New York 17

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BIOGRAPHICAL INFORMATION

AGE: 48

DATE OF BIRTH (DD/MM/YYYY): 03/10/1963

PLACE OF BIRTH: New York City (Manhattan)

GENDER: female

ETHNICITY: Puerto Rican

OCCUPATION: security  manager

EDUCATION: two years of college

AREA(S) OF RESIDENCE OUTSIDE REPRESENTATIVE REGION FOR LONGER THAN SIX MONTHS:

Subject was raised until 5 years of age on the Lower East Side of Manhattan, New York City, in a predominantly Puerto Rican neighborhood.  At age 5, she moved to the Puerto Rican neighborhood in Harlem known as “East Harlem,” “Spanish Harlem,” and/or “El Barrio.”

OTHER INFLUENCES ON SPEECH: N/A

The text used in our recordings of scripted speech can be found by clicking here.

RECORDED BY: David Nevell

DATE OF RECORDING (DD/MM/YYYY): 30/07/2011

PHONETIC TRANSCRIPTION OF SCRIPTED SPEECH: N/A

TRANSCRIBED BY: N/A

DATE OF TRANSCRIPTION (DD/MM/YYYY): N/A

ORTHOGRAPHIC TRANSCRIPTION OF UNSCRIPTED SPEECH:

Well, my passion and, um, is working here at El Museo, and the reason why and I think I was about 14 when my junior high school art teacher told me, “Oh, I submitted some of your pieces to El Museo del Barrio.” At the time, Museo del Barrio was located on 3rd Avenue and 106th Street; it was a store front next to the bank which my mother visited every Saturday; you know, as a ritual, we had to go shopping on Third Avenue, so I would, um, wander into that museum and look at the art, and I was just so amazed. And I’m really flattered, you know, and at that time I didn’t even realize what flattery was, but, um, that my art teacher thought of me, you know. And that’s when I became passionate about the museum and everything it does. Oh, El Museo del Barrio sponsors the Three Kings Day Parade, which to my mother — my mother’s name is Reyes and she was born on Three Kings Day — and she always even as a child, um, celebrated that, you know, holiday with us, even if it was just putting … You know, we didn’t have a lot of money, so even if it was just putting a little, you know, uh, some pieces of candy and just for them to have that parade gave it more meaning to me. I love, um, living, you know, having been raised in this community from 5, and I still live in this community; it means a lot of, a lot to me to be able to work with the people that I grew up, you could say grew up around the culture, the music, the foods because the dynamics of East Harlem is changing. When I moved here, it was a lot of blacks and Hispanics, primarily Puerto Rican, but now we have Mexicans in the area, Dominicans — we also have white people moving back, which is great because the neighborhood is getting better. I hate to say it but, um, they start cleaning it more, you know, more sanitation comes around a little bit more for the housing for the housing prices that’s not too good because the apartments get more expensive, but, um, we get better restaurants, it’s safer. You start seeing the police more; it’s no longer to harass the residents but more to keep us safe again. And then El Museo is becoming so much more popular, not only because we renovated it, you know, but also, um, again the activities that we offer, and now it’s including … it’s not when it was founded it was Puerto Rican, they wanted to expose Puerto Rican art, but now we have so many other Latino cultures that we represent, and it’s like a beautiful thing to get all these people together. I’ve learned so much in working here these last two years.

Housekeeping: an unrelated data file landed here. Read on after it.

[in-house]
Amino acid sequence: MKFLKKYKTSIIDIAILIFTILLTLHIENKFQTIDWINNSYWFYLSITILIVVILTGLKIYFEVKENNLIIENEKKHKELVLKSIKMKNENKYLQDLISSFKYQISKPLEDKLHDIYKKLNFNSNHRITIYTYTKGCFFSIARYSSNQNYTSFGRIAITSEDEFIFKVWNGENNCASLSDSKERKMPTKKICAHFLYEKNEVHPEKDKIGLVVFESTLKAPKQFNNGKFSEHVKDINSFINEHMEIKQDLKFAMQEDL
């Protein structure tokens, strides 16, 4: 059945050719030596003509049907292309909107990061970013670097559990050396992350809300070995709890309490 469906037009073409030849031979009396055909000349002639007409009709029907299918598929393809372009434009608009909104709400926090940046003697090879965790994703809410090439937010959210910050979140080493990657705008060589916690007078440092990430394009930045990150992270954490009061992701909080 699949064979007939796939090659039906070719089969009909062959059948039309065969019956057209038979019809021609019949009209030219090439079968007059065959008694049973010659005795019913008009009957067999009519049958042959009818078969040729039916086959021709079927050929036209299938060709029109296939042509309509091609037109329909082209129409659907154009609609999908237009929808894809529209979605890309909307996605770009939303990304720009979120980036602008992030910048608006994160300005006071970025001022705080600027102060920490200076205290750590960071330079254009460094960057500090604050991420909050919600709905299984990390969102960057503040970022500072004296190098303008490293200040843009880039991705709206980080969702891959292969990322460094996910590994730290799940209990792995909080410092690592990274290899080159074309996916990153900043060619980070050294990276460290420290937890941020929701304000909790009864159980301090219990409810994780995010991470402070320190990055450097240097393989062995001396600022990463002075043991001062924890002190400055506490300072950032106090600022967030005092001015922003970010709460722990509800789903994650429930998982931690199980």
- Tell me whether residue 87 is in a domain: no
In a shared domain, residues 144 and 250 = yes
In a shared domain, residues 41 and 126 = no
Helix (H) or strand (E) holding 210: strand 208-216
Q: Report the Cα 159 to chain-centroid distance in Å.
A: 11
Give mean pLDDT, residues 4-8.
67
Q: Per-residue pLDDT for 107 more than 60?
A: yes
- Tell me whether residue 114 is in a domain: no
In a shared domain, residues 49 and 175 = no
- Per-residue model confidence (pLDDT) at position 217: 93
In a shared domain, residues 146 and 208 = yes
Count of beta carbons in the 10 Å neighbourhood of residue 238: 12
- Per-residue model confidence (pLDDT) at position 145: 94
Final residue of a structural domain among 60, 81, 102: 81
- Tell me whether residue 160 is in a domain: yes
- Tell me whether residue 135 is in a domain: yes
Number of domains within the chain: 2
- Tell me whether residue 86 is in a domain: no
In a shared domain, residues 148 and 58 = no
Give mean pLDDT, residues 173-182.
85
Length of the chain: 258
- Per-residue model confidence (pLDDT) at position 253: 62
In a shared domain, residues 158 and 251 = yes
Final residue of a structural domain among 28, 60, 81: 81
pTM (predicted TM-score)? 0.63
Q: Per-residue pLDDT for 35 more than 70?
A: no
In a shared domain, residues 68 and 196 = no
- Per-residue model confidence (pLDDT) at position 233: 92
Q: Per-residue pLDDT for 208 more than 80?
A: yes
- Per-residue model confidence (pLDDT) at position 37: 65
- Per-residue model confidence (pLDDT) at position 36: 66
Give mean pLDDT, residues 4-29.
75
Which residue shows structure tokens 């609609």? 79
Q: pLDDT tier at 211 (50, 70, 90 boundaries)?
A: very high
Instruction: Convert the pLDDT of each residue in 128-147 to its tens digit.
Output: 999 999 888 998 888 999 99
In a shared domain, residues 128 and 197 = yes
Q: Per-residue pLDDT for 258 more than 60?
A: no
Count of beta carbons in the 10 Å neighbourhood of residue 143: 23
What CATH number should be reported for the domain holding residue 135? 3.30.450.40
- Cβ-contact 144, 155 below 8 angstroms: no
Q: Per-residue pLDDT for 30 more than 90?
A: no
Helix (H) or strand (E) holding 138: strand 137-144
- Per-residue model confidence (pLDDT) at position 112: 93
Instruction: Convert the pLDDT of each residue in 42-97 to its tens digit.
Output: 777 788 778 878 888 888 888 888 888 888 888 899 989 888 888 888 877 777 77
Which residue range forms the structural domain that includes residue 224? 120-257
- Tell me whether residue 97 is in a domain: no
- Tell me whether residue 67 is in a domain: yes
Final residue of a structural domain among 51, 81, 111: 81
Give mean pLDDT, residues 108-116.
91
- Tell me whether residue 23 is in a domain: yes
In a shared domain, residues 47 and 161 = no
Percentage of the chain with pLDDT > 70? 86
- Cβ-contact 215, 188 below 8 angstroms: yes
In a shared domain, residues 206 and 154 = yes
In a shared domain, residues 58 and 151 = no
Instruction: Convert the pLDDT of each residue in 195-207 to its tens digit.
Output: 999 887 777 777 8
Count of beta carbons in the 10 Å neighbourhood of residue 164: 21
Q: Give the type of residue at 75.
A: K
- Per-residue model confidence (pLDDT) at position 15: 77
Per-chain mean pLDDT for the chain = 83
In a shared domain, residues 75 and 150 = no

TRANSCRIBED BY: Matthew Evanoff (under supervision of David Nevell)

DATE OF TRANSCRIPTION (DD/MM/YYYY): 30/06/2011

PHONETIC TRANSCRIPTION OF UNSCRIPTED SPEECH: N/A

TRANSCRIBED BY: N/A

DATE OF TRANSCRIPTION (DD/MM/YYYY): N/A

SCHOLARLY COMMENTARY: N/A

COMMENTARY BY: N/A

DATE OF COMMENTARY (DD/MM/YYYY): N/A

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